The importance of giving clear reasons in sports disciplinary decisions: lessons from the Gerwyn Price decision

Published 12 November 2019 By: Victoria Brown

Dart Board

This year saw the Darts Regulation Authority (DRA) give out its highest ever sanctions, namely fines of £8,000 and £12,0001 to Gerwyn ‘The Iceman’ Price for unsportsmanlike behaviour during the quarter-final and final respectively of the 2018 PDC Grand Slam.

In July, the appeal panel dismissed Mr Price’s appeal on breach, but upheld his appeal against the quantum (level) of sanction. This article reviews Mr Price’s case and discusses what lessons might be learned. Specifically, this article will:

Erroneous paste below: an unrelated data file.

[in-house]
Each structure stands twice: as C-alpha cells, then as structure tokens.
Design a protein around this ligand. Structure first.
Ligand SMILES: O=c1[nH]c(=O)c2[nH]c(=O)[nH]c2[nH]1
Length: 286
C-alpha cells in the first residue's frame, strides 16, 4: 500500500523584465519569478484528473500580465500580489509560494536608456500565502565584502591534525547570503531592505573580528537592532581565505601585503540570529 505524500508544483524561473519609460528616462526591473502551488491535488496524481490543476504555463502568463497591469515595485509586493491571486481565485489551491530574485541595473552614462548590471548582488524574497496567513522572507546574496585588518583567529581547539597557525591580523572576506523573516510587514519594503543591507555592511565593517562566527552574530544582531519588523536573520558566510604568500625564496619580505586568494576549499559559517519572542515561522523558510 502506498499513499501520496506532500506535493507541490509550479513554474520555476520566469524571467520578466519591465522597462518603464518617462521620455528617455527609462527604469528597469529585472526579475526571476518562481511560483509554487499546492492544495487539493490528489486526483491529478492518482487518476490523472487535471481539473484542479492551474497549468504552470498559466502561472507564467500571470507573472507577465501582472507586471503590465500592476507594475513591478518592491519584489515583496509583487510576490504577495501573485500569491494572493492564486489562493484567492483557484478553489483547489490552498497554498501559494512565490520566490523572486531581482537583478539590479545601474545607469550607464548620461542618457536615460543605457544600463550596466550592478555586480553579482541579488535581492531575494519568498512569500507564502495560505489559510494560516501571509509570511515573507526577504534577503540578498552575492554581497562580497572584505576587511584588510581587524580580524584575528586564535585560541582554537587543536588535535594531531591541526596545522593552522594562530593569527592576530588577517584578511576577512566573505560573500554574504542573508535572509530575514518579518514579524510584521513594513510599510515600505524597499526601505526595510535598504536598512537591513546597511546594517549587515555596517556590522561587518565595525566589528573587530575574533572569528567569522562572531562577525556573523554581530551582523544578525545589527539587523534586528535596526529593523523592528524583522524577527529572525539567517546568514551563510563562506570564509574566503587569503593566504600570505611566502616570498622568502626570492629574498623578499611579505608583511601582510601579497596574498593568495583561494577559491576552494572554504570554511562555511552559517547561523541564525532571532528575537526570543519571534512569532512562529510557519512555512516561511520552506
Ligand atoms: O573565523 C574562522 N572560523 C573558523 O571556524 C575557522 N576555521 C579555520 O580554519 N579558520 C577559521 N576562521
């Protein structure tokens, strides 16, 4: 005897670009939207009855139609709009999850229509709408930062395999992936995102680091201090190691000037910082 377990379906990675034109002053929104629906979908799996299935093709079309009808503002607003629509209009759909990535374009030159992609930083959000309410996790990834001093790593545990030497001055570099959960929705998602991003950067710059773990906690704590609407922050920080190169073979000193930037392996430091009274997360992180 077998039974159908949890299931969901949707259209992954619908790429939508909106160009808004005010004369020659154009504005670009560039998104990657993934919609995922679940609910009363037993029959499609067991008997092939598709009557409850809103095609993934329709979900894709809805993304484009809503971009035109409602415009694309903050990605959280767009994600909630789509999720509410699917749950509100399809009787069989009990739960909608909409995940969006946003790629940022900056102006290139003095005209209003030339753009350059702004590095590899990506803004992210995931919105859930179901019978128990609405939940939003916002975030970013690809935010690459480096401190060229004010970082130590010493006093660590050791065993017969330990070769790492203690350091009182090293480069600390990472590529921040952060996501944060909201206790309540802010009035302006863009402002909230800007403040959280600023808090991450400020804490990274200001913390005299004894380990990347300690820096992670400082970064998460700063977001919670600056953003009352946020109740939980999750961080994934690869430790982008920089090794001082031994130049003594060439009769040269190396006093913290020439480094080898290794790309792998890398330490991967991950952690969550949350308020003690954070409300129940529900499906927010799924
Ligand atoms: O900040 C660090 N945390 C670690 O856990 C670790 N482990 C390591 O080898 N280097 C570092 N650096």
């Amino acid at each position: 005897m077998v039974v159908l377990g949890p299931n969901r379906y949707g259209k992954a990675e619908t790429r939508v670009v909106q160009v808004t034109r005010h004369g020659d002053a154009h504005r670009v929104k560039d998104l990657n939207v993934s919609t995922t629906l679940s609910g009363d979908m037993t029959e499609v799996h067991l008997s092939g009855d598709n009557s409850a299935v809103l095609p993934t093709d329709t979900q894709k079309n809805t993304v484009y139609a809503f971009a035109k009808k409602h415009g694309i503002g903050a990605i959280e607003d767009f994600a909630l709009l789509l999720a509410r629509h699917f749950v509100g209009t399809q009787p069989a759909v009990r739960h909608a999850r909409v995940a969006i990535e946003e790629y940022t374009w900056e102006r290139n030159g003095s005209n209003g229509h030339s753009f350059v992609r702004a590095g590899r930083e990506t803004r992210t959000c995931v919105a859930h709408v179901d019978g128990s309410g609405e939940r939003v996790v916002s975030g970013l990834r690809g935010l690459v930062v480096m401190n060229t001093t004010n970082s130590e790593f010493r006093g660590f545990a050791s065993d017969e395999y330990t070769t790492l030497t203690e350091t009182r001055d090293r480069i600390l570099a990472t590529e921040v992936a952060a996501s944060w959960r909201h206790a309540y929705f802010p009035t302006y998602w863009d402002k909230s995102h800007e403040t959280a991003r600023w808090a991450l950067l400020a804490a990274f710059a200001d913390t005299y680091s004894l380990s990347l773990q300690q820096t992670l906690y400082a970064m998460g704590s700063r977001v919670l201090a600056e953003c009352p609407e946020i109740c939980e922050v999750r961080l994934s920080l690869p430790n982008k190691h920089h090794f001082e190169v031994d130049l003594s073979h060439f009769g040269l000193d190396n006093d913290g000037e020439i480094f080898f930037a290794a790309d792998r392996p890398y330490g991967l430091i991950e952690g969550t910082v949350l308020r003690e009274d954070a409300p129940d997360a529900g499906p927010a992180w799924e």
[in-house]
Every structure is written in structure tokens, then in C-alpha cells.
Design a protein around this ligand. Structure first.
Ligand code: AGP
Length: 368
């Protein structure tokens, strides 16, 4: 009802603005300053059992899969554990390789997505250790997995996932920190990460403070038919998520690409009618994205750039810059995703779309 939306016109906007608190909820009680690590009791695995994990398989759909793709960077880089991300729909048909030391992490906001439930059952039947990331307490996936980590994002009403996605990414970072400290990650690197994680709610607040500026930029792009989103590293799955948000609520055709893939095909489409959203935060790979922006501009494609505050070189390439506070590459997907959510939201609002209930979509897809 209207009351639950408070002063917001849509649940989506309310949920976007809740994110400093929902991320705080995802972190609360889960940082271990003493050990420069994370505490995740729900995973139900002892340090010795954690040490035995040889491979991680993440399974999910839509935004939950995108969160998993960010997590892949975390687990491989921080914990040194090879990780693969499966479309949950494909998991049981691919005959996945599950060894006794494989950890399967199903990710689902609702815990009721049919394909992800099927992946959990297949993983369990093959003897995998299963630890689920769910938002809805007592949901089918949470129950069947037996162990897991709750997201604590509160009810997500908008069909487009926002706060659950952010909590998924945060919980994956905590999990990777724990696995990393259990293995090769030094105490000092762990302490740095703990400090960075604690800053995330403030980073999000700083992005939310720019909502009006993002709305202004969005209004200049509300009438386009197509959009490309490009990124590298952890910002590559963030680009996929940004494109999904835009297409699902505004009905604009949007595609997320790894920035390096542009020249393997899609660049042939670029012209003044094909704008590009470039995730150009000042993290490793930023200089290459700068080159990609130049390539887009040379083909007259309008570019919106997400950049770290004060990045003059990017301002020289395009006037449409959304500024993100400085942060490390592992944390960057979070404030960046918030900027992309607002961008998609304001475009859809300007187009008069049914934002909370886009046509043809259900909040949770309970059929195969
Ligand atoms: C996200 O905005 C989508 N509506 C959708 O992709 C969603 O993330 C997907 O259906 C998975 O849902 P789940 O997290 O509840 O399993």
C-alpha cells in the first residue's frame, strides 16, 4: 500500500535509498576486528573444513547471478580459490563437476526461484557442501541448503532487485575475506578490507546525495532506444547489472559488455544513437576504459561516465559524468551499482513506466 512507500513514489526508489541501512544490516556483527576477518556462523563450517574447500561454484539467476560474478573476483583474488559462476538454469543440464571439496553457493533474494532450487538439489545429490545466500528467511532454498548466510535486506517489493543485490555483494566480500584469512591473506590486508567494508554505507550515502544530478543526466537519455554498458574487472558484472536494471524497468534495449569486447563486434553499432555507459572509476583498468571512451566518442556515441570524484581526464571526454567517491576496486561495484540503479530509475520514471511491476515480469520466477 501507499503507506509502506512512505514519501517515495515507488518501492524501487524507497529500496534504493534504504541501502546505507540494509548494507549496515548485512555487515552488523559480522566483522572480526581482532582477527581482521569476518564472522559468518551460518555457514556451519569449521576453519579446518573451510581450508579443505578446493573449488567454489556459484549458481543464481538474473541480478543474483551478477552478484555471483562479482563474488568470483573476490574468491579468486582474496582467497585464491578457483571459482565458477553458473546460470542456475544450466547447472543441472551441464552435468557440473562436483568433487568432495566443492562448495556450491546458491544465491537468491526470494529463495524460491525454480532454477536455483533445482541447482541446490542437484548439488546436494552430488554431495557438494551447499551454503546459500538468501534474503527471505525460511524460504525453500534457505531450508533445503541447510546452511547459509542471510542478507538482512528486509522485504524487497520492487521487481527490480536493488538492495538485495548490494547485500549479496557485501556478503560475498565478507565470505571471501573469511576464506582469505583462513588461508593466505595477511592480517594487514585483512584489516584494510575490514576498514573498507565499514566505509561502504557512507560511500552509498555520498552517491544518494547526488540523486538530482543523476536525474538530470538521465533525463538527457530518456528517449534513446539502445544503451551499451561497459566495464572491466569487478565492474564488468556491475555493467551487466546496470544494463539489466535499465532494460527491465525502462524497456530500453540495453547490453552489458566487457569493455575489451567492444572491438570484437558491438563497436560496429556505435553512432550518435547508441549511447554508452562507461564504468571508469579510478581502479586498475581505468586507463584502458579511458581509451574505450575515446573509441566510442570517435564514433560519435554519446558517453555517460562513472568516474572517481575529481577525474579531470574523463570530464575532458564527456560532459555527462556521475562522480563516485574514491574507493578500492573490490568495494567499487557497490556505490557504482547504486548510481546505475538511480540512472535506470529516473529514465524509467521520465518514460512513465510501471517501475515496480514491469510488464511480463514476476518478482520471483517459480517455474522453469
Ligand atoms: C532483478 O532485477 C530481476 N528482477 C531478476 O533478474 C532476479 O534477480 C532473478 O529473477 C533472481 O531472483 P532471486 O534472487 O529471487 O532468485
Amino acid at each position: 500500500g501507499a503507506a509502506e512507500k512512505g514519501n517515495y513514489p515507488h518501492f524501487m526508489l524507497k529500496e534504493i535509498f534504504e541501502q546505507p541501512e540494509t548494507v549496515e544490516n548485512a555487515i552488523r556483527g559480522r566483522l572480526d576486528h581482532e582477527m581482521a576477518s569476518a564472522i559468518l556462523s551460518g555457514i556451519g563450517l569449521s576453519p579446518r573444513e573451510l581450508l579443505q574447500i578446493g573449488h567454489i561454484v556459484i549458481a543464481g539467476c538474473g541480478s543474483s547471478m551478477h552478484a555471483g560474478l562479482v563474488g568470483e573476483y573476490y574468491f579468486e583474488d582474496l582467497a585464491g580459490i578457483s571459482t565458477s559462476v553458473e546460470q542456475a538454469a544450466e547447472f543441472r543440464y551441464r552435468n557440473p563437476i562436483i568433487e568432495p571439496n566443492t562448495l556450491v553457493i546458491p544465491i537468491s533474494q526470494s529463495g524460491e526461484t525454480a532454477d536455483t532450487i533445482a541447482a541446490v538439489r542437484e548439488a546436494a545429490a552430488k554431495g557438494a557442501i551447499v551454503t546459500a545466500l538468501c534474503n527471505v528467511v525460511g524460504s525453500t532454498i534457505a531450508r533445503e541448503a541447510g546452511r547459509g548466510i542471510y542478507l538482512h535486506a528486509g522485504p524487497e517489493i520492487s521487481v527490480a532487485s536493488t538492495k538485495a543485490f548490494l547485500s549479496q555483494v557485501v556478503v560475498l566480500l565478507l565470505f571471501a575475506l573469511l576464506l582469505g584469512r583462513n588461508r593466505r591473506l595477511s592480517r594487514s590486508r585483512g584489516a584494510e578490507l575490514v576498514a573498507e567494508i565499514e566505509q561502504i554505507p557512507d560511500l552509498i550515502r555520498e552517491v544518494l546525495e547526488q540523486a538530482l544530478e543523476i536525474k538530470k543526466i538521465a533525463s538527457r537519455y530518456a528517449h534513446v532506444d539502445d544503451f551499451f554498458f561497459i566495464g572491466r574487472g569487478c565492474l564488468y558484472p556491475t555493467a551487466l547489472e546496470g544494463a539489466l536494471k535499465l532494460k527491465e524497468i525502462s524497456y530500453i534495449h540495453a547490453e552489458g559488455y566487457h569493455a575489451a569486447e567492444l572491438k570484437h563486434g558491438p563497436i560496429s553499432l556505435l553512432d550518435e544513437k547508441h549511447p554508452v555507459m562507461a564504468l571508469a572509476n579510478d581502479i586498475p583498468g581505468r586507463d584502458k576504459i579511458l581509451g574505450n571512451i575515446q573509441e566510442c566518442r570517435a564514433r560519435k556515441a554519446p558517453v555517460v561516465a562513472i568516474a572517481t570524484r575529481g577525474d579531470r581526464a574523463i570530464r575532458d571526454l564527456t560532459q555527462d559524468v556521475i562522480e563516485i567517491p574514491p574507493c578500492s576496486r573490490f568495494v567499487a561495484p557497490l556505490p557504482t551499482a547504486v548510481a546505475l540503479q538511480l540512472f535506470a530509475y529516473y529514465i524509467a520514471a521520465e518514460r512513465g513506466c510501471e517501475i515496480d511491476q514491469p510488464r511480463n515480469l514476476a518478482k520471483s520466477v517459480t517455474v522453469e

• reflect upon the decision and why guidelines for sanctions are so important;
  • consider the consequences of Mr Price’s approach to his appeal; and
  • suggest some practical takeaway points.

Facts

On 16 and 18 November 2018, Gerwyn Price faced Simon Whitlow and Gary Anderson respectively in the quarter-final and final of the 2018 PDC Grand Slam of Darts. Although Price went on to take the trophy, his conduct, which included slow play and over exuberant celebrations2, was widely criticised as bad-tempered and unsportsmanlike.3

Both incidents were picked up by the DRA who subsequently imposed sanctions of £8,000 and £12,000. There was a separate fine for comments made on social media of £1,5004.

Mr Price appealed the decision, submitting substantial grounds of appeal covering some eleven grounds in relation to both breach and sanction. The chairman of the appeal panel (the Panel) declined to hold a hearing, so matters were dealt with on the papers with submissions from both parties.

Decision